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Onshore geological carbon storage has potential in the UK, but key knowledge and regulatory gaps remain – ONZ report

Apr 2, 2024

A new report by a team of Oxford Net Zero researchers reviews the current state of knowledge on onshore geological carbon storage (GCS) and its feasibility in the UK.

The research examines the technological, economic, regulatory, and social aspects of onshore GCS, identifying key research and regulatory gaps. It was led by Laurent Chan, Molly James, Millicent Sutton, Dr Tom Kettlety and Prof Myles Allen.

Geological carbon storage is a storage process where CO2 is injected into deep geological rock formations for permanent storage. The CO2 can be sourced from industrial processes, biomass, or directly from the atmosphere. This term refers to one step in the process of Carbon Capture and Storage (CCS) or Carbon Dioxide Removal (CDR) with GCS. Effective GCS will likely play a key role in reaching net zero emissions.

Most research and regulation has focussed on offshore GCS. However, there is evidence to suggest that onshore GCS may be a necessary and more cost-effective storage option, and serve as a complement to offshore GCS in the UK, particularly if demand for CO2 storage were to greatly increase. However, significant knowledge gaps and obstacles exist for onshore storage.

Key findings of the report include:

  • The addition of onshore GCS could improve access to CCS as an abatement option for dispersed or in-land point sources, by reducing the CO2 transport distance (by comparison with offshore GCS).
  • There is little publicly available geological data on onshore CO2 reservoirs in the UK, and few studies have analysed their potential for GCS. This means that onshore CO2 storage capacity and injectivity remain uncertain and needs further research.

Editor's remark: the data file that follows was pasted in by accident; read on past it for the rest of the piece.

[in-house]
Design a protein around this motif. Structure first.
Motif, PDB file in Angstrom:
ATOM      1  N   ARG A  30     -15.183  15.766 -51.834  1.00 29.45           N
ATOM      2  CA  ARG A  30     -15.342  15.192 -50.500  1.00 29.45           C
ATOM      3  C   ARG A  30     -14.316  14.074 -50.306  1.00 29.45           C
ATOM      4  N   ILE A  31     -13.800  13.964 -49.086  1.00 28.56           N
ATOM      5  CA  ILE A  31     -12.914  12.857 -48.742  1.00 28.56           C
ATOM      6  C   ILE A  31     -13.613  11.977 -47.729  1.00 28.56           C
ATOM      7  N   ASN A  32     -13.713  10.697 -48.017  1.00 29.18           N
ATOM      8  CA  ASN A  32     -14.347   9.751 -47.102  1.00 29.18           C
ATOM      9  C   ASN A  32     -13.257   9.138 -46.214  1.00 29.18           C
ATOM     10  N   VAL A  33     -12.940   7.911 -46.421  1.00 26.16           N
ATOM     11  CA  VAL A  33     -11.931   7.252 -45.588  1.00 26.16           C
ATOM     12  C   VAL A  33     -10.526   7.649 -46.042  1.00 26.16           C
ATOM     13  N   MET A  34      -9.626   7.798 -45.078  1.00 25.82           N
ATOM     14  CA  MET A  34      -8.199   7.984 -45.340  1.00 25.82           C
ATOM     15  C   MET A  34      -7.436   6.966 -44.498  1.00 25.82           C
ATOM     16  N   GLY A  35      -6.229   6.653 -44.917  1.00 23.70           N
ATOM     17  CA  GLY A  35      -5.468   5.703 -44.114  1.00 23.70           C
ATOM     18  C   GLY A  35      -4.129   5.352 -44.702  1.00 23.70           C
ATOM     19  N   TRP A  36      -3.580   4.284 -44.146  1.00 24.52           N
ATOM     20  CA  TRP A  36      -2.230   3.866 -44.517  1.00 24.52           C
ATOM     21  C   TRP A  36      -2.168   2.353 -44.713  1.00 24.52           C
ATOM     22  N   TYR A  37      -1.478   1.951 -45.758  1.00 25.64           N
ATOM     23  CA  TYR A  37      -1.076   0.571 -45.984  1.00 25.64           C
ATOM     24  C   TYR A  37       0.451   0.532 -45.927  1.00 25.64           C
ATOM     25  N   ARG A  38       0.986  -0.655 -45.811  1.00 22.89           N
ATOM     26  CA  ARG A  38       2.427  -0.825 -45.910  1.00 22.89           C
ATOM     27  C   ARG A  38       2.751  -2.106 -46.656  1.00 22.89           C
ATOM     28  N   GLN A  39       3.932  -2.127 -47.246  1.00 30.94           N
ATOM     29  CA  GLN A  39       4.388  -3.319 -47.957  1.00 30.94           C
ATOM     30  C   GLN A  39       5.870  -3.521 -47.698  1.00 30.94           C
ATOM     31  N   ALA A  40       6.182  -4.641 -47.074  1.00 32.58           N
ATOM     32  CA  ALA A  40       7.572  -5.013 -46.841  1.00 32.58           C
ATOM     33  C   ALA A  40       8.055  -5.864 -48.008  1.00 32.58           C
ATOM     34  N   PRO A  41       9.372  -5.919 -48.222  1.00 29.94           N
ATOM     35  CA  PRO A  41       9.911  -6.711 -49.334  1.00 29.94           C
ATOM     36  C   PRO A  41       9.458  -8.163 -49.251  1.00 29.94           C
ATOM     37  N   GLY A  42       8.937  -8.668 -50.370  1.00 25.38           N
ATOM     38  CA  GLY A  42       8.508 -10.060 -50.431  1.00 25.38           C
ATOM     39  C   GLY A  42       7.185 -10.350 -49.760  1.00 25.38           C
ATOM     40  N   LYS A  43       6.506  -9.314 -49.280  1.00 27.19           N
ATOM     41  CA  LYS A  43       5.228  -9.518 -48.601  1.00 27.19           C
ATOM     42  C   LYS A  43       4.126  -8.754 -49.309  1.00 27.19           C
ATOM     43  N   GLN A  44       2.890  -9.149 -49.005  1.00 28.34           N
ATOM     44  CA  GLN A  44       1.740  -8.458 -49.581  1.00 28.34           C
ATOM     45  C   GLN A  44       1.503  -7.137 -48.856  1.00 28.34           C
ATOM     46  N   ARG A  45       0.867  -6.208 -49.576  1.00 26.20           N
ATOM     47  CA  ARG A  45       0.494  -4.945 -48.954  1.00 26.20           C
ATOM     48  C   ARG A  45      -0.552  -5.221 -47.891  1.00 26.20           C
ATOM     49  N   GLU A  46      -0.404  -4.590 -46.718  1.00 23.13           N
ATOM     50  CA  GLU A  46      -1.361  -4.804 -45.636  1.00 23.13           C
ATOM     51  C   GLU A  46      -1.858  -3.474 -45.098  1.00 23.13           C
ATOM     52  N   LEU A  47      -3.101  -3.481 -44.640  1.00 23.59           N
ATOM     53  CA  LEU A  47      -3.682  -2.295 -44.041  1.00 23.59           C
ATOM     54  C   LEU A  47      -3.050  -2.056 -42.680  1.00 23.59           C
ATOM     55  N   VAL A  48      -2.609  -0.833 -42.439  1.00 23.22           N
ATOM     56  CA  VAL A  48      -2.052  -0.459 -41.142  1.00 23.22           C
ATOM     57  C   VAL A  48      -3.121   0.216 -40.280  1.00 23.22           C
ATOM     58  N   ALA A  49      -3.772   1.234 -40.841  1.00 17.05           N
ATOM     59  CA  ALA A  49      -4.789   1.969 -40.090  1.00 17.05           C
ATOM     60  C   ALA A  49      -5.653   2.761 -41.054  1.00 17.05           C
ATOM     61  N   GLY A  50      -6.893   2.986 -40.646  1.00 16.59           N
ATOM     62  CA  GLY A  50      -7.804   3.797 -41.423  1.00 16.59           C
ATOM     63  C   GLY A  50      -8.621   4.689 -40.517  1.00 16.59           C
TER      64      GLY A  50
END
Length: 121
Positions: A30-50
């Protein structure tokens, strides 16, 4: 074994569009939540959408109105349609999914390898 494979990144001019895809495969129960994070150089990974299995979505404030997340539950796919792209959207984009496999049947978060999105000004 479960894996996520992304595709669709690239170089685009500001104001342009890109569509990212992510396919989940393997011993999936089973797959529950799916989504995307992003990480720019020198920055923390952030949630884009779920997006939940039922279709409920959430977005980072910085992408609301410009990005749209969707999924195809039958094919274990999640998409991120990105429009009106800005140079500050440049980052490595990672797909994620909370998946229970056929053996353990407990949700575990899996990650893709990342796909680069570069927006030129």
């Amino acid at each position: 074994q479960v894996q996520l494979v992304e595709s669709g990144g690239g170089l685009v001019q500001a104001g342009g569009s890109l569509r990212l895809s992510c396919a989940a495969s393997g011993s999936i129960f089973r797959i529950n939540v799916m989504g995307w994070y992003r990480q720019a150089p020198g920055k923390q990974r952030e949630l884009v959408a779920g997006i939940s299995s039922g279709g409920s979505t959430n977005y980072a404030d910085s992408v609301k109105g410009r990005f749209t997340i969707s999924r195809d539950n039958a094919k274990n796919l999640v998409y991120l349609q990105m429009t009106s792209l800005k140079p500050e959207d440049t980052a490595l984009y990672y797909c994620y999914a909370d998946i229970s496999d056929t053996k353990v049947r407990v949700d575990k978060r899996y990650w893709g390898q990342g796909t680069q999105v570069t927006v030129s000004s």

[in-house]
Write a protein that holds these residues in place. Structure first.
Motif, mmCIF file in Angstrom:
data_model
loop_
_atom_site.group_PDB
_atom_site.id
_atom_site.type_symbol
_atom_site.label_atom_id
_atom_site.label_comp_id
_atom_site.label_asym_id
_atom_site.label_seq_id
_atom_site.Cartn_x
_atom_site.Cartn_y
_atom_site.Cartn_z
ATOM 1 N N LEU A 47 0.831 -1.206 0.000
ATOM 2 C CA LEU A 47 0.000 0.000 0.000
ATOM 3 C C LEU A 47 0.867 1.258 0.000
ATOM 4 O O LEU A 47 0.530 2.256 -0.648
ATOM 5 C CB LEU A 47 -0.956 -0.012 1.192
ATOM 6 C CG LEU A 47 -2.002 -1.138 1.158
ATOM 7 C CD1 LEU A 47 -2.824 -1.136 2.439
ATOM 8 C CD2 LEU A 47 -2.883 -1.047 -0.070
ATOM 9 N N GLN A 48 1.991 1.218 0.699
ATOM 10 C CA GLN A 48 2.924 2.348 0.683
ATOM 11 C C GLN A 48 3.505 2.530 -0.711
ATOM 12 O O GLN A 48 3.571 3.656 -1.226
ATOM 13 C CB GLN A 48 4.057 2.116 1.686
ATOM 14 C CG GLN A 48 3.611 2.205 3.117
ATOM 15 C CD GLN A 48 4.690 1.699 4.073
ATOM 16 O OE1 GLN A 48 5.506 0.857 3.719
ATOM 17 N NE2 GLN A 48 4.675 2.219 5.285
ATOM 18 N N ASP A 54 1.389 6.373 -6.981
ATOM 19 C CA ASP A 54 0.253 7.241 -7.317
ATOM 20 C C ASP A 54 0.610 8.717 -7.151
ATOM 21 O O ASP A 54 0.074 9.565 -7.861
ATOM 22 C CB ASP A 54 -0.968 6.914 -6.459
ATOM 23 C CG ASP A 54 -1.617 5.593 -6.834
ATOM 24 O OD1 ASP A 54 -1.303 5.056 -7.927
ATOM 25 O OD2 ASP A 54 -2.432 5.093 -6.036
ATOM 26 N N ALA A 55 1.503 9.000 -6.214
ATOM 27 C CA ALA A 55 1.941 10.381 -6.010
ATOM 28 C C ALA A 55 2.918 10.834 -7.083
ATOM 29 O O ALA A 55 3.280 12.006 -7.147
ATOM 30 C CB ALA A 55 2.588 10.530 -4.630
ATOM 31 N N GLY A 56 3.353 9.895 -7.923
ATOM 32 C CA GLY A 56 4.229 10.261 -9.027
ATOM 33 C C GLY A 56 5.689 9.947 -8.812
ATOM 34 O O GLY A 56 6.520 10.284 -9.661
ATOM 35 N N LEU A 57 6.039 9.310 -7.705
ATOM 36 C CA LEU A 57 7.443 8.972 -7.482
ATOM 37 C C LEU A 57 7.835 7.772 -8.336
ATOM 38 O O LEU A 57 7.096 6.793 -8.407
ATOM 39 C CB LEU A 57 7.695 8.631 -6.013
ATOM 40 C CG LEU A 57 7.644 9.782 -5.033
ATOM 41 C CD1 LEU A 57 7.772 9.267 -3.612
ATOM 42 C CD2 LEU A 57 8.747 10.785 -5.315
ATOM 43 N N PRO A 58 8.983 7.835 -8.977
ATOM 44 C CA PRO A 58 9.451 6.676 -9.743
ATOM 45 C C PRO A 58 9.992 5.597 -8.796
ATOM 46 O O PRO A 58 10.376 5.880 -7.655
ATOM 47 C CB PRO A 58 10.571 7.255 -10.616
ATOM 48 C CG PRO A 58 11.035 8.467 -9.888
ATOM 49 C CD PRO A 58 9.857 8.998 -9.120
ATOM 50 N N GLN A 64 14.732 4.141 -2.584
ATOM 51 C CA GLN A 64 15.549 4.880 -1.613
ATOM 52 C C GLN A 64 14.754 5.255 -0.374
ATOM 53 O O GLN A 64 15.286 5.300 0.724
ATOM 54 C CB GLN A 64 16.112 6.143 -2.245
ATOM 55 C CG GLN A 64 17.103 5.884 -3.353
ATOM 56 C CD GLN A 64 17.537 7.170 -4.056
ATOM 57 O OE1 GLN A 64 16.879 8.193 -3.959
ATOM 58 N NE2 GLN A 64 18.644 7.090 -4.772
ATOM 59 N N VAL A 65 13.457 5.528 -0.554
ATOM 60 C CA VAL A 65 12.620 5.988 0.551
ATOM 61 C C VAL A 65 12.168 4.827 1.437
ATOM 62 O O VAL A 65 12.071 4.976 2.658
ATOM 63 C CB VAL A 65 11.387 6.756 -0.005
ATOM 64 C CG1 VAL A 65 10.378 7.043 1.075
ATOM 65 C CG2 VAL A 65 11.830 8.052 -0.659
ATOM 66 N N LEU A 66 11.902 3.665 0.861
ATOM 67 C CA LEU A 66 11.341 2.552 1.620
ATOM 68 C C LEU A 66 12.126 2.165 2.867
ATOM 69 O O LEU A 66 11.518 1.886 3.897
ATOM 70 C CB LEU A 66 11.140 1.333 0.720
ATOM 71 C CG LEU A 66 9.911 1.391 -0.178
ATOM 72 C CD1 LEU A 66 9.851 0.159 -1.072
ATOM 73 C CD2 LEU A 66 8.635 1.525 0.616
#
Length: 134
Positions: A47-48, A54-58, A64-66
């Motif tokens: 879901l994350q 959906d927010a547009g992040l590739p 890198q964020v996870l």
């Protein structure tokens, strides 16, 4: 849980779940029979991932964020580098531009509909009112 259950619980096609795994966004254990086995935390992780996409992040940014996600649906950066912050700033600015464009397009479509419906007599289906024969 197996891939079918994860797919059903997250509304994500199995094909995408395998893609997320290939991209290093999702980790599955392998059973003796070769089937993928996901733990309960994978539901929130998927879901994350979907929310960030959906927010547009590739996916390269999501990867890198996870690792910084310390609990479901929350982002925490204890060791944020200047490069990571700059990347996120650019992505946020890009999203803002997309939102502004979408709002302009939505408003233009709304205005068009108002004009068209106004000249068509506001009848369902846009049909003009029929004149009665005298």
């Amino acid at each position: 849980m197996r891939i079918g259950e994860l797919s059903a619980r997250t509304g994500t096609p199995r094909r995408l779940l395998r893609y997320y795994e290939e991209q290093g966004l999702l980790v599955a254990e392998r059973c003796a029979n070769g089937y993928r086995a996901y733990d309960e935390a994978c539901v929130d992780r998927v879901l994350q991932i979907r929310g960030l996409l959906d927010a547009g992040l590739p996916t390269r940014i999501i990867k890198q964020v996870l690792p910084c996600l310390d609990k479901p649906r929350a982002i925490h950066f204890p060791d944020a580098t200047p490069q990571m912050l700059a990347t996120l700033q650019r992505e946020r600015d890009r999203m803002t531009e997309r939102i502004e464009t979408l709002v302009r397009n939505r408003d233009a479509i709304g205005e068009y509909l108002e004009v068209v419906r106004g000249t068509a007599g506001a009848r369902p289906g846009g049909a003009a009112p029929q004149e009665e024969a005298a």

• Given that there has been widespread extraction of conventional oil and gas onshore in the UK, there is potential to repurpose depleted fields and deep well infrastructure for small-scale GCS projects. However, more work assessing the suitability of specific sites will have to be conducted to accurately assess this potential.
  • In the UK, there is no regulatory framework for onshore GCS, with regulators solely focussing on offshore GCS. Thus, there are significant legal, regulatory, and policy hurdles that prevent the development of onshore GCS.
  • There is a widely held assumption that gaining a social licence for onshore projects will be difficult, however the authors find that offshore GCS is not necessarily preferred to onshore GCS by the UK public. More specific public perceptions and social acceptance research on onshore and offshore GCS in relation to place history and social contexts is needed.

Overall, greater certainty on the potential of onshore GCS in the UK could be ensured by funding work to close research gaps highlighted in this report.

Read the full report.

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